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By Connie McDougall
MyEdmondsNews.com 

Coping with Isolation: Buddhist Chaplain Offers Words of Wisdom

 

Last updated 4/15/2020 at 7:50pm

Jonathan Prescott, Buddhist chaplain

"It's a paradox. Isolation can be a window to deeper connections with ourselves and others. It can shock us out of a habitual way of living."

That's the message from Jonathan Prescott. A resident of Guemes Island in the San Juans, the Buddhist chaplain, pastoral counselor, and ordained student of world-renowned Zen Master Thich Nhat Hanh, Prescott works with patients as well as caregivers in hospice and hospitals both locally and nationally through his organization, Wise Caregiving. https://wisecaregiving.org

If ever there was a time to seek the guidance of someone who has looked deeply and fearlessly into the human condition, the age of COVID-19 is it. And Prescott offers philosophical pragmatism on how to meet the challenges all of us are experiencing.

"It's how we respond to isolation," he said. "Struggling and saying 'this is screwing up my plans and my life,' generates one kind of energy. On the other hand, if you decide, I will isolate out of love, to help others, it's completely different. You're saying, 'I will not be part of a chain of transmission,' and suddenly you're connected to the entire world."

One way to do that is to think very specifically of someone you love that you're staying home for. "Pull up an image of your grandmother, who is vulnerable, you're doing this for her. Or for health care workers, your cousin who's a nurse, whatever it takes to make it real," said Prescott.

And then there is the issue of what seems like endless time on our hands.

"See this as a gift of time," Prescott said. "We're always so busy, in pursuit of something, always thinking about the future, a time when we'll be happy and satisfied. But in my work with the very ill and the dying, I've learned we just throw time away. I've had dying people tell me that it's relief to lay their plans aside and just see every moment they have as precious."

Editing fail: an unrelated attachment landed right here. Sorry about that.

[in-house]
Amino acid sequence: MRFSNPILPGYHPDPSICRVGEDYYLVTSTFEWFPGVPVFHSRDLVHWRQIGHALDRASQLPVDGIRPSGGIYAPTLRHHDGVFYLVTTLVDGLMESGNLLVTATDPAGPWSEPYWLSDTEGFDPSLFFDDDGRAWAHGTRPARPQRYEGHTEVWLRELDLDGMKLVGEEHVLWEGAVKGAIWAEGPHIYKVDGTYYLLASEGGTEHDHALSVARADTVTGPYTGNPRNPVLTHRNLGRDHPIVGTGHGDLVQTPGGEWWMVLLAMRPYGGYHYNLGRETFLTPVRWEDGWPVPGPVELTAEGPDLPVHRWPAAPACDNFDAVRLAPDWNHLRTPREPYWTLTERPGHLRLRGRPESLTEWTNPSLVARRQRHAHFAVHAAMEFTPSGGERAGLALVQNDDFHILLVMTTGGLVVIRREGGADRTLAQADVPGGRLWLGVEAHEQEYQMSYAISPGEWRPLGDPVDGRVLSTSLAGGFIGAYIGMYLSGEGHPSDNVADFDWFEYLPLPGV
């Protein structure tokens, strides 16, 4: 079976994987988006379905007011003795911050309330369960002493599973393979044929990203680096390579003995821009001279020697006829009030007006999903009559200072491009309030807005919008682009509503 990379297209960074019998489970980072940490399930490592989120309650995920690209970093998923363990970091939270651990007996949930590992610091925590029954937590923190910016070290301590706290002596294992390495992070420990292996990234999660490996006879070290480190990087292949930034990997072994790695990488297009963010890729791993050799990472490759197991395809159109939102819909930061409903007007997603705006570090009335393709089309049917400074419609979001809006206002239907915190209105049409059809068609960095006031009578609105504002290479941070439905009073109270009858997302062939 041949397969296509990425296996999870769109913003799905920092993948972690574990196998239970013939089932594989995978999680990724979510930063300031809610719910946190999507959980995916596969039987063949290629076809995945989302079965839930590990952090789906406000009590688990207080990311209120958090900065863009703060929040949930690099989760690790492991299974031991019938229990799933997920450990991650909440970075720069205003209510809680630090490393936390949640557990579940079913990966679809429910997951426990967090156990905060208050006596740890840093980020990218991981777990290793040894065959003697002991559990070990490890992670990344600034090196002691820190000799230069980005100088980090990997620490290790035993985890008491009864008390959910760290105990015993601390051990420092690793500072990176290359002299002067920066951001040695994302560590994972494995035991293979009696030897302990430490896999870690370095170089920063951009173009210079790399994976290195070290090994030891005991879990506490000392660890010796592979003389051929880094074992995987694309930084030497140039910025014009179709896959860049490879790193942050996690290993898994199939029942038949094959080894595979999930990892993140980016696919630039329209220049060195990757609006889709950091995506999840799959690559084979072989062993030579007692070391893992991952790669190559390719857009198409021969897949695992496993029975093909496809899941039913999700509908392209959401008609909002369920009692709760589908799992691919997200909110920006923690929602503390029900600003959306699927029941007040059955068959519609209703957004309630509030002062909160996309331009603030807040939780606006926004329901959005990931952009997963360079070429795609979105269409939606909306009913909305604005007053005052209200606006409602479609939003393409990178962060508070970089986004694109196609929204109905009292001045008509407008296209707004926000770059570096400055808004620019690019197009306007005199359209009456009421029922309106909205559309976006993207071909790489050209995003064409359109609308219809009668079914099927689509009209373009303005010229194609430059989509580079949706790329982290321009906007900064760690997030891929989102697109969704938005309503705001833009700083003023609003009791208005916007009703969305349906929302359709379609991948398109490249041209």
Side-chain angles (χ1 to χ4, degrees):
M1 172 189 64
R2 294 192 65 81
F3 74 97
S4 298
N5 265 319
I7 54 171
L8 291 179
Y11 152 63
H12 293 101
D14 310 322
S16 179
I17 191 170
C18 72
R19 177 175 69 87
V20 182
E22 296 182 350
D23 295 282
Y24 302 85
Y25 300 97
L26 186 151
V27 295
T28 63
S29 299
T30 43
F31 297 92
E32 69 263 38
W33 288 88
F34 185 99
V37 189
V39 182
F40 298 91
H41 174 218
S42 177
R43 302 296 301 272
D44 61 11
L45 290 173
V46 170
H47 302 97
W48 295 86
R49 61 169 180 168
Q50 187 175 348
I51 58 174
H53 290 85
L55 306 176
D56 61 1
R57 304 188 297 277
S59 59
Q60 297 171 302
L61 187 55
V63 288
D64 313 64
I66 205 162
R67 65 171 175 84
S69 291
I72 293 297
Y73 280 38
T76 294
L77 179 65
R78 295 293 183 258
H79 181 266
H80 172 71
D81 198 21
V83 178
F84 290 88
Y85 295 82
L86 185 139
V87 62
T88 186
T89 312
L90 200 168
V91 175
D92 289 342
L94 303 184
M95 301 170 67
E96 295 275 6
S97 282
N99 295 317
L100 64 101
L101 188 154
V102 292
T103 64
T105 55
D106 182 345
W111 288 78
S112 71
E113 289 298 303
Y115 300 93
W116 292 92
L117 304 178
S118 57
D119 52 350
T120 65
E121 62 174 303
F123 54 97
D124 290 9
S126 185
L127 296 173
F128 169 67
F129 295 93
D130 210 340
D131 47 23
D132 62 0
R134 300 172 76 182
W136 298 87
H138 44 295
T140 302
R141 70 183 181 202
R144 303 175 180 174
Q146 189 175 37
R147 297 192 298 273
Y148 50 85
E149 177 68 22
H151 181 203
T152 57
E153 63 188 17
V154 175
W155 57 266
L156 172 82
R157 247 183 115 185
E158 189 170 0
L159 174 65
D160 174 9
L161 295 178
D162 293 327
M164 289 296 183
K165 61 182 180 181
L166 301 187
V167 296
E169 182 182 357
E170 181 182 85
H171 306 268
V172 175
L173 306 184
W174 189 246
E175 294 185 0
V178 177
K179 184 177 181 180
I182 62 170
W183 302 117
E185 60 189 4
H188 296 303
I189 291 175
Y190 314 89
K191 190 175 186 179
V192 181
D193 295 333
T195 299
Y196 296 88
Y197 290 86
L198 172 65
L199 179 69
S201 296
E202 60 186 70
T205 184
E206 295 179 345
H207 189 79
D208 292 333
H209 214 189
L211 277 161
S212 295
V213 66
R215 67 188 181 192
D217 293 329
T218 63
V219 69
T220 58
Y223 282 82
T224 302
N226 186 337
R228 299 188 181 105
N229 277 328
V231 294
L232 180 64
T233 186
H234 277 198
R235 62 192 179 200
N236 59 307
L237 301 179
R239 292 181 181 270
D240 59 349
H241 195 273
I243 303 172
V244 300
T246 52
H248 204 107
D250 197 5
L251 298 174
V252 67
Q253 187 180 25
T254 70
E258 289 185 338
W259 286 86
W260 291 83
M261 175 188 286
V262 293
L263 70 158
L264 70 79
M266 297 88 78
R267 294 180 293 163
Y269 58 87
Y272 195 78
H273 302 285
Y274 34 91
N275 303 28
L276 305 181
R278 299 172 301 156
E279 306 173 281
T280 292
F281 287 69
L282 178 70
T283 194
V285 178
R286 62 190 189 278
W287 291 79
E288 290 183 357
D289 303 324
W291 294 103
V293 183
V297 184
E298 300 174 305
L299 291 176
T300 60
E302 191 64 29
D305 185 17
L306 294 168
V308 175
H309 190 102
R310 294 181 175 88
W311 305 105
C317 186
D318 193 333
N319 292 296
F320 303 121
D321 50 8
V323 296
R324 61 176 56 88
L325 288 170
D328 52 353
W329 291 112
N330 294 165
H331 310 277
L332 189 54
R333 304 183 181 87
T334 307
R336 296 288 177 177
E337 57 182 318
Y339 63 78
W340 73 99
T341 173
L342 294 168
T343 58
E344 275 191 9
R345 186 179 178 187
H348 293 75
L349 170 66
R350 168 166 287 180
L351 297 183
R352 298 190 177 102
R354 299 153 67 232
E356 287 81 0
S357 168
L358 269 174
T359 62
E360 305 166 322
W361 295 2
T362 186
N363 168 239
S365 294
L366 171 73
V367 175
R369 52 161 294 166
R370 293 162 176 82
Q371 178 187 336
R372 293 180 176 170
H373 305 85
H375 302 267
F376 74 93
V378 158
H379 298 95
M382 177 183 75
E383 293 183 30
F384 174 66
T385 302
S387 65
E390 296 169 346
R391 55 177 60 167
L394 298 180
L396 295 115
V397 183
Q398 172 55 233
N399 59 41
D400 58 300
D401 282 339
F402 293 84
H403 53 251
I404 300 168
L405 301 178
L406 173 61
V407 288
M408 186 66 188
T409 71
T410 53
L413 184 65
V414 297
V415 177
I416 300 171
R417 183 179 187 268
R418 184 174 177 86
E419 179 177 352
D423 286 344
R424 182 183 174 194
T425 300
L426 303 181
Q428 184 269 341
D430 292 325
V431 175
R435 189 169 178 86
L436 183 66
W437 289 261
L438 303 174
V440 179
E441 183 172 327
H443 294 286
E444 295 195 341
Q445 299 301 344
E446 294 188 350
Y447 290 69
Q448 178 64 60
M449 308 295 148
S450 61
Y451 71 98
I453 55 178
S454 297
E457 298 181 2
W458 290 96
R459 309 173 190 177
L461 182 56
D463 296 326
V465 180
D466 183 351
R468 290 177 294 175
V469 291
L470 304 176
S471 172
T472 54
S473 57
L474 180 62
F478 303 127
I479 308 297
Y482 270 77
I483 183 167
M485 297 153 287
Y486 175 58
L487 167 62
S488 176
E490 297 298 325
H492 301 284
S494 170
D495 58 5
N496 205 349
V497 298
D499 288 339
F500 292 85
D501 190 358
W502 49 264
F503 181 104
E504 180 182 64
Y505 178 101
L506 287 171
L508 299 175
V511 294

We have that opportunity now.

"How I handle it, when I'm bored or dissatisfied, is to realize I'm not present for this moment as it is. Go outside in the sun. It's not intellectual - the sun is out and warm. Feel it on your skin. Feel the warmth just now."

As many have discovered, there's also time for long-postponed projects. "I've been putting off working on the stairs outside, for two years! But I was out there on my hands and knees, sanding. It was great," he said.

Another paradox, and Buddhism is full of them, is that we can find well-being and calm because of the current restrictions in our lives, not in spite of them.

It keeps things pretty simple.

"When I first took the Zen precepts - there are five of them - I saw them as not being able to do this or that. And then one day it just kind of popped for me that through these restrictions, my freedom was protected. If I can't lie, I won't be caught in a lie. We can't do things we planned to do. My wife and I were going to Hawaii last month and I was focused on that. I resisted mightily giving up those two weeks. But we did and those two weeks at home were lovely. I could not have anticipated that. I don't have to sit in the sun in Hawaii to enjoy it. I can sit in the sun on my own porch and enjoy it just as much."

Even with all the Zen chill in the world, there may be times of sadness, feeling depressed with conditions we have little control over.

"We have come face to face with the reality that we are vulnerable, and that can be scary, but I suggest we lean into it because it allows us to appreciate life," he said." If we were invulnerable, like gods, nothing would be precious. Be aware and intentionally look for and see positive things, nourishing and healing things. Even your breath. People ill with the virus have a hard time breathing, so take a breath in complete freedom."

Another challenge is being cooped up with loved ones who may get to be extremely annoying.

"I suggest re-engagement with yourself when you feel exhausted by your situation," said Prescott. "You've been offering love and attention 'out there' and now it's time to offer that same love and attention 'in here.' There will be times when we have nothing more to give, so ask yourself, what do I need? A little space, or some quiet, a snack or a bath? Maybe a nap. Offer yourself that love and kindness, and then you can say, 'Ok, I'm back.'"

It's not a given that we will take these hard-won lessons into the future when life gets back to something more normal, but Prescott is hopeful.

"I see things changing, even in my own family, that whole red-and-blue thing. It looks so petty now. What were we thinking? I'm optimistic because I see people calling someone when they wouldn't have done that before. I see generosity. I see people making do rather than pursuing more. There are so many beautiful things around us, so just stop and see what's going on."

For further reading on coping with the mental challenges of COVID-19, see these CDC recommendations at https://www.cdc.gov/coronavirus/2019-ncov/daily-life-coping/managing-stress-anxiety.html

 

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